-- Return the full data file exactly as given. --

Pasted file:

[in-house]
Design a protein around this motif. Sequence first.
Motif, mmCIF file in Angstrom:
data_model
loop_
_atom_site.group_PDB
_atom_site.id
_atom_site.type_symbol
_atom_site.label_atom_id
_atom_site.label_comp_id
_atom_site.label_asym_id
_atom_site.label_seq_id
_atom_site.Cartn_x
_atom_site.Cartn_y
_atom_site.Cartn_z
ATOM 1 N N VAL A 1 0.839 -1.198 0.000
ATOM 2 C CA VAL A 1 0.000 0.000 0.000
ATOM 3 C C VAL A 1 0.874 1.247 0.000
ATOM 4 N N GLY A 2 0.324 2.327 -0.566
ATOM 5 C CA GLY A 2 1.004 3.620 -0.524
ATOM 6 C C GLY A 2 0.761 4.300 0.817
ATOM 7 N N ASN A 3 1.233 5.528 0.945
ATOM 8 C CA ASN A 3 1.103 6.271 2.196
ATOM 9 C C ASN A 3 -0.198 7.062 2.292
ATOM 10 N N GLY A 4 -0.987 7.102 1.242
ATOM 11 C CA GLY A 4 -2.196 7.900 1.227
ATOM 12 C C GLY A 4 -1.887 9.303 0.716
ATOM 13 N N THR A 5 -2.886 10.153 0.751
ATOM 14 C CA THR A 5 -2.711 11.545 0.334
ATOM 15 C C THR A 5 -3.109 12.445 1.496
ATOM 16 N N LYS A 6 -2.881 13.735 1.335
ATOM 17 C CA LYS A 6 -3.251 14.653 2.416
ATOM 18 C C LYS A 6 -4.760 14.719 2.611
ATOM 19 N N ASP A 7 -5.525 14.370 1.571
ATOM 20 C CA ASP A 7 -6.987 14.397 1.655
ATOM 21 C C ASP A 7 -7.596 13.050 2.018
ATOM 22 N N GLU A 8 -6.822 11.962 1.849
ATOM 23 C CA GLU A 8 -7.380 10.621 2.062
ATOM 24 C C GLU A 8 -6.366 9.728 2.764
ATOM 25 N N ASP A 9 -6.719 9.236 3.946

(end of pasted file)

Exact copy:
[in-house]
Design a protein around this motif. Sequence first.
Motif, mmCIF file in Angstrom:
data_model
loop_
_atom_site.group_PDB
_atom_site.id
_atom_site.type_symbol
_atom_site.label_atom_id
_atom_site.label_comp_id
_atom_site.label_asym_id
_atom_site.label_seq_id
_atom_site.Cartn_x
_atom_site.Cartn_y
_atom_site.Cartn_z
ATOM 1 N N VAL A 1 0.839 -1.198 0.000
ATOM 2 C CA VAL A 1 0.000 0.000 0.000
ATOM 3 C C VAL A 1 0.874 1.247 0.000
ATOM 4 N N GLY A 2 0.324 2.327 -0.566
ATOM 5 C CA GLY A 2 1.004 3.620 -0.524
ATOM 6 C C GLY A 2 0.761 4.300 0.817
ATOM 7 N N ASN A 3 1.233 5.528 0.945
ATOM 8 C CA ASN A 3 1.103 6.271 2.196
ATOM 9 C C ASN A 3 -0.198 7.062 2.292
ATOM 10 N N GLY A 4 -0.987 7.102 1.242
ATOM 11 C CA GLY A 4 -2.196 7.900 1.227
ATOM 12 C C GLY A 4 -1.887 9.303 0.716
ATOM 13 N N THR A 5 -2.886 10.153 0.751
ATOM 14 C CA THR A 5 -2.711 11.545 0.334
ATOM 15 C C THR A 5 -3.109 12.445 1.496
ATOM 16 N N LYS A 6 -2.881 13.735 1.335
ATOM 17 C CA LYS A 6 -3.251 14.653 2.416
ATOM 18 C C LYS A 6 -4.760 14.719 2.611
ATOM 19 N N ASP A 7 -5.525 14.370 1.571
ATOM 20 C CA ASP A 7 -6.987 14.397 1.655
ATOM 21 C C ASP A 7 -7.596 13.050 2.018
ATOM 22 N N GLU A 8 -6.822 11.962 1.849
ATOM 23 C CA GLU A 8 -7.380 10.621 2.062
ATOM 24 C C GLU A 8 -6.366 9.728 2.764
ATOM 25 N N ASP A 9 -6.719 9.236 3.946